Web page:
Biden appeared steady for the most part, but still left plenty of opportunities to make a public case against Trump’s racism behind. The case against Trump as an existential threat to American democracy has always been less rooted in allegations of financial malfeasance, ethical lapses and treasonous collusion with foreign powers (although he is indeed accused of and has denied all these things). Trump’s most malevolent, and so far successful, gambit has been his blunt exploitation of the nation’s original sin.

He’s had lots of practice.

From charges that his father’s real estate empire discriminated against Black tenants to Trump’s well-documented call to bring back the death penalty in the Central Park Five jogger case and his failure to apologize after the defendants (Black and Puerto Rican teenagers) were exonerated, the President has pitted White Americans against people of color, specifically Black folk.

Trump’s initially longshot presidential campaign in 2016 tapped into a thick undercurrent of White supremacist adulation in a way that echoed past segregationist campaigns run by South Carolina Dixiecrat Strom Thurmond in 1948 and Alabama’s George Wallace in 1968, as well as the xenophobic America first campaigns of Pat Buchanan in 1992, 1996 and 2000 (and once he became the nominee and now as an incumbent, Trump has arguably surpassed them all in terms of the power and reach of his racism).

Trump’s open verbal assault as a candidate on some of the Mexican immigrants who come to America as “rapists,” and his decrying Haiti and nations in the developing world as “shithole countries,” and publicly expressing admiration for Confederate generals such as Robert E. Lee while President of the United States have proven to be the tip of a noxious iceberg.

Trump’s clash with Biden on Tuesday also resurrected the ghosts of the Democratic Party’s racial past when he, correctly if without important historical context, charged the former vice president with authoring the 1994 crime bill that greatly accelerated the system of mass incarceration at the expense of Black dignity and citizenship. “You called them superpredators Joe,” Trump said, reminding Biden and the nation of an ugly era of bipartisan agreement during the Reagan-Bush-Clinton years that located the origins of the nation’s urban crisis in young Black bodies rather than systemic racism, unemployment, poverty, failing schools and segregation. (Though Biden did use the term “predators,” the word “superpredator” was actually used by then-first lady Hillary Clinton to advocate for the bill – a description of gangs and drug cartels that she later said she regretted).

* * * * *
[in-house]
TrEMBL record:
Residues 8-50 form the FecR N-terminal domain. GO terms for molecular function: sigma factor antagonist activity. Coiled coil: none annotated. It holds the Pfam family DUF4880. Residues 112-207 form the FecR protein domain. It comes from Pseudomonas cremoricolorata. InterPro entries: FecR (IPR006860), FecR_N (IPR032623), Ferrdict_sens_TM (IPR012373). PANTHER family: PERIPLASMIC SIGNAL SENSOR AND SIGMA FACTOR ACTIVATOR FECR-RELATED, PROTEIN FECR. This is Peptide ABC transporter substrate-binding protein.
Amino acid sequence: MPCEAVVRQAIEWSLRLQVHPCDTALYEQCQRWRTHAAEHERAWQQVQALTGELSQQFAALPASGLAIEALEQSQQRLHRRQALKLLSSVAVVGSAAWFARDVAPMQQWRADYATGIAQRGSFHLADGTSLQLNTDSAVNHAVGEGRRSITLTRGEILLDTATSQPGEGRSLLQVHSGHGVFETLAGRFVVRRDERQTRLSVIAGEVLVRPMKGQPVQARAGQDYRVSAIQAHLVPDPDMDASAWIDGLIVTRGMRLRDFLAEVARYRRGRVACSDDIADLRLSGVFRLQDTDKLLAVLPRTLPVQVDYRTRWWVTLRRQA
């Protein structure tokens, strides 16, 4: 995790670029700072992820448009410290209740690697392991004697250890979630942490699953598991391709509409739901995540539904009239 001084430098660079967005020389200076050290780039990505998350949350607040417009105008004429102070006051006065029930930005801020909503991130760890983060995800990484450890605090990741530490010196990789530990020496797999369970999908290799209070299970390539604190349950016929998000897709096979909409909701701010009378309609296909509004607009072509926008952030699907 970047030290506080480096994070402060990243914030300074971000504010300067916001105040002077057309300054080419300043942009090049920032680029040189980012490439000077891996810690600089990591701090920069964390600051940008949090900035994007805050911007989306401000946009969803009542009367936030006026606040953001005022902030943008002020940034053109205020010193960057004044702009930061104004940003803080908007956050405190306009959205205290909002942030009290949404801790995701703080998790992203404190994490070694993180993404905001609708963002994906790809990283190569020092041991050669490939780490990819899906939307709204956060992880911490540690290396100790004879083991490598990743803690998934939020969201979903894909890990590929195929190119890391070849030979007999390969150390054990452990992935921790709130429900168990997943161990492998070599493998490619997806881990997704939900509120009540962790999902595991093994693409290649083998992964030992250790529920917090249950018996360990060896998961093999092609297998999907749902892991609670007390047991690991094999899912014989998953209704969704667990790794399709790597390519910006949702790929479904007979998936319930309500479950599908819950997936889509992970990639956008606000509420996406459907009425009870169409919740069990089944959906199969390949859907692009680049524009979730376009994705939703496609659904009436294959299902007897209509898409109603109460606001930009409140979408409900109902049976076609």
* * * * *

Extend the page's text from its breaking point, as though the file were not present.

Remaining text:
This election represents a hinge moment in American history, a watershed opportunity for a reset that may allow us to begin the hard work of forging a new national democratic consensus out of the ashes of an era of plague, pandemic, and protest. Racial slavery remains America’s original sin, a system that helped birth the world’s greatest and richest democracy at the expense of the collective national soul.

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    Donald Trump’s grotesque use of that painful history represents a contemporary reckoning for a debt that remains unpaid and long overdue. In rejecting his appeals to division, chaos, and racial mistrust we have the opportunity to reset the course of American history by creating a democracy expansive and big hearted enough to recognize itself in the beautiful diversity of its multiracial and multicultural citizens.